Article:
“Hey,” Stan, the other closer, said looking up from the espresso machine. “I need you to go tell the guys on the patio to beat it and bring in the tables.”
I hunched over my broom and cocked an eyebrow. “Uh, you sure you can’t do it. Or can we get, like, a supervisor to do that.”
He sighed and turned to the hulking stainless steel machine. “Can you just do it? It’s part of the closing tasks.” He yawned and flicked the hot water switch, sending steam up.
I put the broom to the side, untied my apron and tossed it over the counter. I could feel layers of sweat caked on my forehead. My day of learning designer latte’s and avoiding eye contact with indifferent customers came down to this: the good ol’ heave ho.
I pushed my way through the double glass doors into the dry night air. It felt good on the undersides of my arms. The air smelt like, well air, instead of grinding dark roast and heat. I saw the group at the end of the patio, flanked by the shrubs, illuminated by a single floodlight. Multiple coffee stirrers, espresso mugs, and a half-finished pack of cigarettes splayed out on the table. Only one looked up from his phone.
I tried to avoid confrontation, often stealing glances while I noisely dragged the metal furniture across the pavement. Several trips later, all that was left to collect were already occupied.
I cleared my throat. “Er, hey guys, sorry about this but I need to put these chairs up. You’ve got to go.” It was the first time they all looked up at me. Who dared intrude on their night of chain smoking and fidgeting with plastic coffee stirrers?
The eldest of the three looked up and grinned. “No,” he said with a Russian inflection. “Is okay, I know the owner.” He waved me off as one would dismiss a ball boy.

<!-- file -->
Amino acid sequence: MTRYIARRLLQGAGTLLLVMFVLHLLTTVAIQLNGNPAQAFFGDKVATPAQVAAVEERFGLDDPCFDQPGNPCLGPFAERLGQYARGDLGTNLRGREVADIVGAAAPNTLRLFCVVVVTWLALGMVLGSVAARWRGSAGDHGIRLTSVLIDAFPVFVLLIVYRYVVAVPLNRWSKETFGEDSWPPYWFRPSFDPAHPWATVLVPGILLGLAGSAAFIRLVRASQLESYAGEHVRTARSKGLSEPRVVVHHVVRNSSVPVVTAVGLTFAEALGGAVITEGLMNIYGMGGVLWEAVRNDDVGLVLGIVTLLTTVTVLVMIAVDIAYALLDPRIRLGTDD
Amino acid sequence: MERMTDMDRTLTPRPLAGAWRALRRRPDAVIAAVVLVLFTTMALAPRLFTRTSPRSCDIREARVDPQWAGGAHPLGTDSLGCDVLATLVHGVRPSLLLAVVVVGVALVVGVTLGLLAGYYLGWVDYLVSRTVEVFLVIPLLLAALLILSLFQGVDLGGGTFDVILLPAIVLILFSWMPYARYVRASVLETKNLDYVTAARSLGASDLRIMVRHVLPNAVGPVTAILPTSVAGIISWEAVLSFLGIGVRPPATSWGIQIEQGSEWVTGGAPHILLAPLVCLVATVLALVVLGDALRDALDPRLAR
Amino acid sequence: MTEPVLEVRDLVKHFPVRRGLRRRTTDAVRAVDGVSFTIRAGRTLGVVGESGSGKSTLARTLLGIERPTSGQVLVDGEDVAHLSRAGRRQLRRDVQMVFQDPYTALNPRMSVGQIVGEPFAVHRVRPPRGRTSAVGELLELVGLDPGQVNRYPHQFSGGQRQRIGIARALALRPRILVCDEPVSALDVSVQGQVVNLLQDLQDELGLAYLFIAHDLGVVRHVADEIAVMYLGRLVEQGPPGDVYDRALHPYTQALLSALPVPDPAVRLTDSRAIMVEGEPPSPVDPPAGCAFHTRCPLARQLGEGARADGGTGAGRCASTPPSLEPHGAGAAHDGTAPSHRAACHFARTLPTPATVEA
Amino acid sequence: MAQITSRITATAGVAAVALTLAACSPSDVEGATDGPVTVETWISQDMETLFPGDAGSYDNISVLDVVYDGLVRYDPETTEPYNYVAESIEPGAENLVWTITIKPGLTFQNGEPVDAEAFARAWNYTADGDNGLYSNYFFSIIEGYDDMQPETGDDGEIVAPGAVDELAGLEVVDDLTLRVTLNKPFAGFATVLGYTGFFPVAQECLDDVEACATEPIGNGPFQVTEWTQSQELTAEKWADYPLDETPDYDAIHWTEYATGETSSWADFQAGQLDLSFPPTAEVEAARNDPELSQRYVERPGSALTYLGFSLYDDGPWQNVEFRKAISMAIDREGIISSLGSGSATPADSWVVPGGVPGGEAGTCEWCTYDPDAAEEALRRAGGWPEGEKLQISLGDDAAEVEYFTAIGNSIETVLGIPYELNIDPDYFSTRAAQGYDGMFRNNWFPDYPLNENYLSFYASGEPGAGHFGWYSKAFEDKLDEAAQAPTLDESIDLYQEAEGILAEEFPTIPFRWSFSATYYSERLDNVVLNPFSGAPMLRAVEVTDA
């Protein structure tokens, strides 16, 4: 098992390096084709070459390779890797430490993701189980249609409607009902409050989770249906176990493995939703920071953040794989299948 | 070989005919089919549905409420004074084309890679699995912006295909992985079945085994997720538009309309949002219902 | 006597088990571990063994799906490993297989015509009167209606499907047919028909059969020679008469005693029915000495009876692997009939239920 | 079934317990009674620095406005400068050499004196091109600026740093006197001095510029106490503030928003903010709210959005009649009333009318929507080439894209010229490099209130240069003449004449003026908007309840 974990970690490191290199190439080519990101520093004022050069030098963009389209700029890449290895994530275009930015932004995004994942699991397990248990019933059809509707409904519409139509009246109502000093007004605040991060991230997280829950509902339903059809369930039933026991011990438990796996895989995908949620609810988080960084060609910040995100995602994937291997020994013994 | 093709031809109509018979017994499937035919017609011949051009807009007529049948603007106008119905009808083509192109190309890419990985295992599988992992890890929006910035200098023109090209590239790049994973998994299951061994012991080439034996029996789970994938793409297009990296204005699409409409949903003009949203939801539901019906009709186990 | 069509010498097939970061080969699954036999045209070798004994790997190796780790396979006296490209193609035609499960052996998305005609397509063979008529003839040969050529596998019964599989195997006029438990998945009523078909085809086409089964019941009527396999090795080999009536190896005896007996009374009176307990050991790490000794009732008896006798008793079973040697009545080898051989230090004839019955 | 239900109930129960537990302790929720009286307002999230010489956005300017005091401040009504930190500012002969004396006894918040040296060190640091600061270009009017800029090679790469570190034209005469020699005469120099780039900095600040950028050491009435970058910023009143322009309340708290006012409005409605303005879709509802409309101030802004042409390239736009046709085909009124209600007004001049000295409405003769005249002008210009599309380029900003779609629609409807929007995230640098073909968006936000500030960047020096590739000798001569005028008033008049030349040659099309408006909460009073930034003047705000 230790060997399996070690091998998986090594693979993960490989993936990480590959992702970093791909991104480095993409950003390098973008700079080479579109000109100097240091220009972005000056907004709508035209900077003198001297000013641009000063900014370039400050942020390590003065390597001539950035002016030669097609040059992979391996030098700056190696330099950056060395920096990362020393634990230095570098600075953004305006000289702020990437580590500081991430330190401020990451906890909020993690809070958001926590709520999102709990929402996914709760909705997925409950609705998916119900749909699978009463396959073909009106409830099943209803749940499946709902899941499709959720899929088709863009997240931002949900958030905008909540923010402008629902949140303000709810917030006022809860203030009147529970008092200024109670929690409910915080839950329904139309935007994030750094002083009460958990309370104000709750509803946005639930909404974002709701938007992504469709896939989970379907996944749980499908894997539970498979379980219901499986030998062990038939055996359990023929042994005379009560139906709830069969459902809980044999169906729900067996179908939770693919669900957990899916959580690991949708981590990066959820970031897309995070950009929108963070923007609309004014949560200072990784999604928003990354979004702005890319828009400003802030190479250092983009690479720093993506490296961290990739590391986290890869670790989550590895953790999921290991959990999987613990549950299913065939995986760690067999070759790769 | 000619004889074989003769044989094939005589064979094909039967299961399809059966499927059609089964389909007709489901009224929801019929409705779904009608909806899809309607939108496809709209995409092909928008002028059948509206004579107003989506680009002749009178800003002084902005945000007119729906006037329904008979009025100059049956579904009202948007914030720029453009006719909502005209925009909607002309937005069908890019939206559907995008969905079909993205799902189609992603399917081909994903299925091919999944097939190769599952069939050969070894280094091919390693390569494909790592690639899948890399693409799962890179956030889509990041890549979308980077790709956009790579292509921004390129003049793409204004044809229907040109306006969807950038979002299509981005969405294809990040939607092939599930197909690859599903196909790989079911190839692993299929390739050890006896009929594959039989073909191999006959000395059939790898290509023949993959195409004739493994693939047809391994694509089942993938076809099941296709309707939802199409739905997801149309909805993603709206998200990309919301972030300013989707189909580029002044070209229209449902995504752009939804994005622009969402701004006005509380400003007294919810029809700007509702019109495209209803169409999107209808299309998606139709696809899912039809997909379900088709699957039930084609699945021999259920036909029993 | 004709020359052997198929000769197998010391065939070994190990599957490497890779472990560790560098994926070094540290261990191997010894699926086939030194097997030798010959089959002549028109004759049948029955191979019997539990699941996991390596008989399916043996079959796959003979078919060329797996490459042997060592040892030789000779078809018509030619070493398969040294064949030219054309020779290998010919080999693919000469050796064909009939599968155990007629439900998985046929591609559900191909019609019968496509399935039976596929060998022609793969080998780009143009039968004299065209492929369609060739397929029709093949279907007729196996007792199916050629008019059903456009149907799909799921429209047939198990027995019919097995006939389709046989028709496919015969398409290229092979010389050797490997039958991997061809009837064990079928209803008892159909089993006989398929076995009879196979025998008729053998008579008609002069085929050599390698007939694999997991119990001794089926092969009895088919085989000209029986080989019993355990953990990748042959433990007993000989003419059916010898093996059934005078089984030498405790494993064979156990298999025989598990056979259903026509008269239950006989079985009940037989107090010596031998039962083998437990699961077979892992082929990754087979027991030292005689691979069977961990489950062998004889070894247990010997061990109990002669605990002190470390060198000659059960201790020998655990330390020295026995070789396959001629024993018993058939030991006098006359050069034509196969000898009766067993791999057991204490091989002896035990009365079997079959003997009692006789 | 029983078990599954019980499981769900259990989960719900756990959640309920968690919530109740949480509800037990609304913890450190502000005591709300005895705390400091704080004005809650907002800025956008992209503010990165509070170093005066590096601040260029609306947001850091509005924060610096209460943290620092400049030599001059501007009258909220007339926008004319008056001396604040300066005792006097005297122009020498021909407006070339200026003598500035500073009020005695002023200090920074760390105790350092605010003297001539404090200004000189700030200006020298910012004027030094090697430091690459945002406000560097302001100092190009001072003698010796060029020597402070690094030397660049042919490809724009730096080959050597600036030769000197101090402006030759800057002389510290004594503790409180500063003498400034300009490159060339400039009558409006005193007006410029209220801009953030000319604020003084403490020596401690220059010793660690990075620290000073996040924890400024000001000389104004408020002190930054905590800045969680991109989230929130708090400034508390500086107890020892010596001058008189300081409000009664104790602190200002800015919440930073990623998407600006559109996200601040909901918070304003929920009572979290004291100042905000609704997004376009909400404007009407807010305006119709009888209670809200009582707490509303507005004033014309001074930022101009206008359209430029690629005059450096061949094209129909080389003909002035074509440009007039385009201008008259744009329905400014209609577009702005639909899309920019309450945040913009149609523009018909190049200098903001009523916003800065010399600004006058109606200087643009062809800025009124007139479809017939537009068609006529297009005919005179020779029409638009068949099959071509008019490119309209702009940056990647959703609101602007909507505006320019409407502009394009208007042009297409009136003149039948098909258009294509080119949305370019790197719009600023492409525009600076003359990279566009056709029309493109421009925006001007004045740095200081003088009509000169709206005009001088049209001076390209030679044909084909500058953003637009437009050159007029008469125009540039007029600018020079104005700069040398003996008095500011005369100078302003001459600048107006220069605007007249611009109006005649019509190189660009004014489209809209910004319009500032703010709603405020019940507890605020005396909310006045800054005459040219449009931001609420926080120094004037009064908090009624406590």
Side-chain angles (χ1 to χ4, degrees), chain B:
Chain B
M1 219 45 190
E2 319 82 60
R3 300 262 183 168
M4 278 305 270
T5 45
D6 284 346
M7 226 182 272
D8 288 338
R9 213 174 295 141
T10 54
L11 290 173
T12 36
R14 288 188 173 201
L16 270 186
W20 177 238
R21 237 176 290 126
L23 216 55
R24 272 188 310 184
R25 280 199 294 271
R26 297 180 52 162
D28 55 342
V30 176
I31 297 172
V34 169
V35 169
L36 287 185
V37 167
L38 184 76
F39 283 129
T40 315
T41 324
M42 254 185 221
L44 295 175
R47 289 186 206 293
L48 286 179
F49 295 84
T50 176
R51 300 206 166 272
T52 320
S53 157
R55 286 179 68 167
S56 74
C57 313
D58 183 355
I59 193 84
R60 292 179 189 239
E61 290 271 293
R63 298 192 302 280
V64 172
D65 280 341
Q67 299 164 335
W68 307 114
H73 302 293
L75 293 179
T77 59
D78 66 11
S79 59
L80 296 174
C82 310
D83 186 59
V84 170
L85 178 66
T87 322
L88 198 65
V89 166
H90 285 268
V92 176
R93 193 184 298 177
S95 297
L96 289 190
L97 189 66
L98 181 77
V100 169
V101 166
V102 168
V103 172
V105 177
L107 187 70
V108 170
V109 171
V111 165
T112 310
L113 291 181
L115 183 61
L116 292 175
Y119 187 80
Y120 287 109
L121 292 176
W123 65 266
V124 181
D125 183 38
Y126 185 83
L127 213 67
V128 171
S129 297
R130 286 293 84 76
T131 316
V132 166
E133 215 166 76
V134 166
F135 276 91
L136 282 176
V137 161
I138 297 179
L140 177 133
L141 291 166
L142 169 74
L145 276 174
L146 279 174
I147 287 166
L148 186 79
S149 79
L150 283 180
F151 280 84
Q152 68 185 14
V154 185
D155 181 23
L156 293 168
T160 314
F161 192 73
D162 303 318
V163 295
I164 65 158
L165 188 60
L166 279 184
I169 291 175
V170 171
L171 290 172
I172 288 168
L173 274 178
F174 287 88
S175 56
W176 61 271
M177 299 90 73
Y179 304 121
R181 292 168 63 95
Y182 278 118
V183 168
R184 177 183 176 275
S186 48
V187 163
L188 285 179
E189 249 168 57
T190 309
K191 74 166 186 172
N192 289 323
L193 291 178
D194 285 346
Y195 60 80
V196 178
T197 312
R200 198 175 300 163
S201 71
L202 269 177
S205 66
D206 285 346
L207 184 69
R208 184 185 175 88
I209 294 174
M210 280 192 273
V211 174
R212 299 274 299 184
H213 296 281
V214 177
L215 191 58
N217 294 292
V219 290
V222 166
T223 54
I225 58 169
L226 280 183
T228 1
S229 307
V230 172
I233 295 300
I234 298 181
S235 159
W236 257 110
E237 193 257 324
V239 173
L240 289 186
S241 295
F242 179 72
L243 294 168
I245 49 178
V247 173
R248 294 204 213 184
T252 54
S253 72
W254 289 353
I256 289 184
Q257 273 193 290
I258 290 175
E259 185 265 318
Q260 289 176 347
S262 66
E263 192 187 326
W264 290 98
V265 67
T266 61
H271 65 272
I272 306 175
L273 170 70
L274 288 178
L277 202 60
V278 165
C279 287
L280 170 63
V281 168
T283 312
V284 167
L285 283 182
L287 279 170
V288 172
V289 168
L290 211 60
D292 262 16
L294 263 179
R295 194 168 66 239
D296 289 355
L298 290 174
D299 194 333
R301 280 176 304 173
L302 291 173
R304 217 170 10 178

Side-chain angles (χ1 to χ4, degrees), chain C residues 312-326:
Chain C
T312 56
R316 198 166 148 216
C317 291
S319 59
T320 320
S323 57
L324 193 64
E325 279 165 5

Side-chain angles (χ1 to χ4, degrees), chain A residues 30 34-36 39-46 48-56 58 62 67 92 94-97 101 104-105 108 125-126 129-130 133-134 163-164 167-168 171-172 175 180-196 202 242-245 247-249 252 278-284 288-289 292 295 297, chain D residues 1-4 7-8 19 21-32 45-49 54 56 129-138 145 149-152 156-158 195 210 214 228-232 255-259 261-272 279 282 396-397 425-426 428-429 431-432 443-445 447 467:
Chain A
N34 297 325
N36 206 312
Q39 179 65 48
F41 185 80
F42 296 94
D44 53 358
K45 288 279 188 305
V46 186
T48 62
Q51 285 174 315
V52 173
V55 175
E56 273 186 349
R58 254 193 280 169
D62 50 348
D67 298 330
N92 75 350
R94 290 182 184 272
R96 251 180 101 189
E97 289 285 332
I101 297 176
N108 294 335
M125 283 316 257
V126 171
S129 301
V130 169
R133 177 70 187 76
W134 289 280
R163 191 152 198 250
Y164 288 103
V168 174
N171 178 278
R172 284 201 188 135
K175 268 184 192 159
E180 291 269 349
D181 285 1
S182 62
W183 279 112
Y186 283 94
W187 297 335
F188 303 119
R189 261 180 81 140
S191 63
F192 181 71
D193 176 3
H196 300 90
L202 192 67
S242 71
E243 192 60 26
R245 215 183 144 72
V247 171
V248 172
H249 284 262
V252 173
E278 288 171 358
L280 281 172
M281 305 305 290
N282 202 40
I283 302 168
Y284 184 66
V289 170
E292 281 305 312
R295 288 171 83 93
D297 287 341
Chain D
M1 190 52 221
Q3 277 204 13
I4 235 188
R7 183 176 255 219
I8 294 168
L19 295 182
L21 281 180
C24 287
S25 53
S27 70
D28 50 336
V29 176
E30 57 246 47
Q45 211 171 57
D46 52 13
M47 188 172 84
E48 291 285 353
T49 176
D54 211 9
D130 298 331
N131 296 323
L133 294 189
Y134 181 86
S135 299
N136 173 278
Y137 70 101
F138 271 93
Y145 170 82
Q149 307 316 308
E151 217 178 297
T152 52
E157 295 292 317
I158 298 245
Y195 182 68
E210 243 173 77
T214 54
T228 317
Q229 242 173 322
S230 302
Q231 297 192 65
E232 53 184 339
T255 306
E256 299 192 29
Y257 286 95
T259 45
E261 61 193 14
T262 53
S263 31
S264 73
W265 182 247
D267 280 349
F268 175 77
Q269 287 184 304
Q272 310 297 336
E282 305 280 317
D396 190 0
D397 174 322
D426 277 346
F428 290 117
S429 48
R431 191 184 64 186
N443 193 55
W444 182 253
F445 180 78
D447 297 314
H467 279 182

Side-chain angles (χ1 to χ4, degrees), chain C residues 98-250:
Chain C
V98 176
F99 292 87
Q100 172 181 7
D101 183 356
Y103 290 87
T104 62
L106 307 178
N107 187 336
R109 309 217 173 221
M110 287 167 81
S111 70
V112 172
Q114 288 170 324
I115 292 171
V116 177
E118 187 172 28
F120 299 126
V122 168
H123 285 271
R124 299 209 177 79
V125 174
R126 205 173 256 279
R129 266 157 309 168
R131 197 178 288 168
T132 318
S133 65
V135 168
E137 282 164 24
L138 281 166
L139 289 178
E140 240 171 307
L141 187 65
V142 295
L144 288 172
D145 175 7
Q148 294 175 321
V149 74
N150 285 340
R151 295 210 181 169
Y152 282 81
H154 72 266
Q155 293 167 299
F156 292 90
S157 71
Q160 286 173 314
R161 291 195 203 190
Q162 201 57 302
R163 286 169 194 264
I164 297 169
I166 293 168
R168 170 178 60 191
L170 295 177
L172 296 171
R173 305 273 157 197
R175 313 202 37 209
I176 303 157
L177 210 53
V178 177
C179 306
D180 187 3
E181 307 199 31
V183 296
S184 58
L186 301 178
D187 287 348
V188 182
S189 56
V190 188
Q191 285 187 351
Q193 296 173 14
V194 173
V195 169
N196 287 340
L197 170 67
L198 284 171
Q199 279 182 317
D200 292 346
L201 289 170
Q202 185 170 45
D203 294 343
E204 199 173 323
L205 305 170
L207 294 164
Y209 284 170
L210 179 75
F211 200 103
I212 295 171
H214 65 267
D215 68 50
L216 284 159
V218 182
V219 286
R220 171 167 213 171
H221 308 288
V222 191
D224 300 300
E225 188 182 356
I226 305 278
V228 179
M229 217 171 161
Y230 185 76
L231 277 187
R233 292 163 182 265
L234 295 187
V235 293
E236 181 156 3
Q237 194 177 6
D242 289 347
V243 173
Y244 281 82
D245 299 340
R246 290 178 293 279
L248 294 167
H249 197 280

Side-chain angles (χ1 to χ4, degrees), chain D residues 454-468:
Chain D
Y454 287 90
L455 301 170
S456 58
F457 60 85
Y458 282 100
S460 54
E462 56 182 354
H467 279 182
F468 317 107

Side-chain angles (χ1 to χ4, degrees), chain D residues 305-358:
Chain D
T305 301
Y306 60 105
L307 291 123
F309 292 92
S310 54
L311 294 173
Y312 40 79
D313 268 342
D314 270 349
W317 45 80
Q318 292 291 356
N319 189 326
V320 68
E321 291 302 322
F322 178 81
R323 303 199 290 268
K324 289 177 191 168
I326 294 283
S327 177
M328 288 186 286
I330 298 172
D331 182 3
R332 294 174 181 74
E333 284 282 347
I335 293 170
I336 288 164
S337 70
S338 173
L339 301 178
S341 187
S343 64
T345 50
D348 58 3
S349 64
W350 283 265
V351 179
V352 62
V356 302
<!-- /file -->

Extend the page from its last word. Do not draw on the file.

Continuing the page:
I headed back inside to my broom to pick up where I had left off. Stan looked up from the register and peered outside. His tired eyes swept from the window to me. “Did you tell them they need to leave?”
“Yeah, but one guy said that they know the owner.”
“And?” Stan’s gaze fell back to the stack of ones he was thumbing his way through. “They, need to leave.”
I mechanically put the broom down unable to fathom why this responsibility fell to the new guy. Wasn’t this a manager’s job? I pushed my way through and approached the table. All three looked up once again. The eldest was still grinning, but the other two looked annoyed. “Sorry guys, but you really got to go. I just got word from my supervisor.” Perfect, I thought, diffuse responsibility. Go have a word with him if you want and leave me out of this.
“Listen, er…” The grinner said with a heavy inflection.
“Listen Tom, the owner is a good friend of mine. We’re business partners. We go way back. You do what you’re told, and I like that. You go far this way. But, please. We finish our espresso then go, okay? I tell owner you took good care of us.” He turned to the two flanking scowls and said something in Russian and they softened, turning back to their cellphones. I internally shrugged and headed back inside.
Stan was waiting with his arms crossed. “Dude, what’s so hard about getting them out of here. Tell them you’ll call the cops.”
I thought of the two scowls flanking that devilish grin. “I don’t think that’s a great idea. Let’s just finish our stuff and leave them alone for now.”
Stan sighed, clearly disgusted with my lack of spine. We finished up and closed half an hour later. Outside, tucked under the corner of one of the espresso cups was a note for me. Thanks for the hospitality Tom, –Marco. I didn’t think much of it, tired as I was from my first full day.
I woke up the next morning to a buzz of my phone. Shit, I’m gonna be late, I thought. Nope. A message from the owner? My stomach dropped.
Hey Tom, I heard you met Marco last night. Thanks for taking care of him. Him and I go way back. He said that you have a good head on your shoulders. I know you’re new here, but I wanted to bump you up another dollar in pay. We’ll do that today.
I could feel the tension leave my shoulders. Weights upon weights had been lifted. Looks like the world was coming up Tom for once.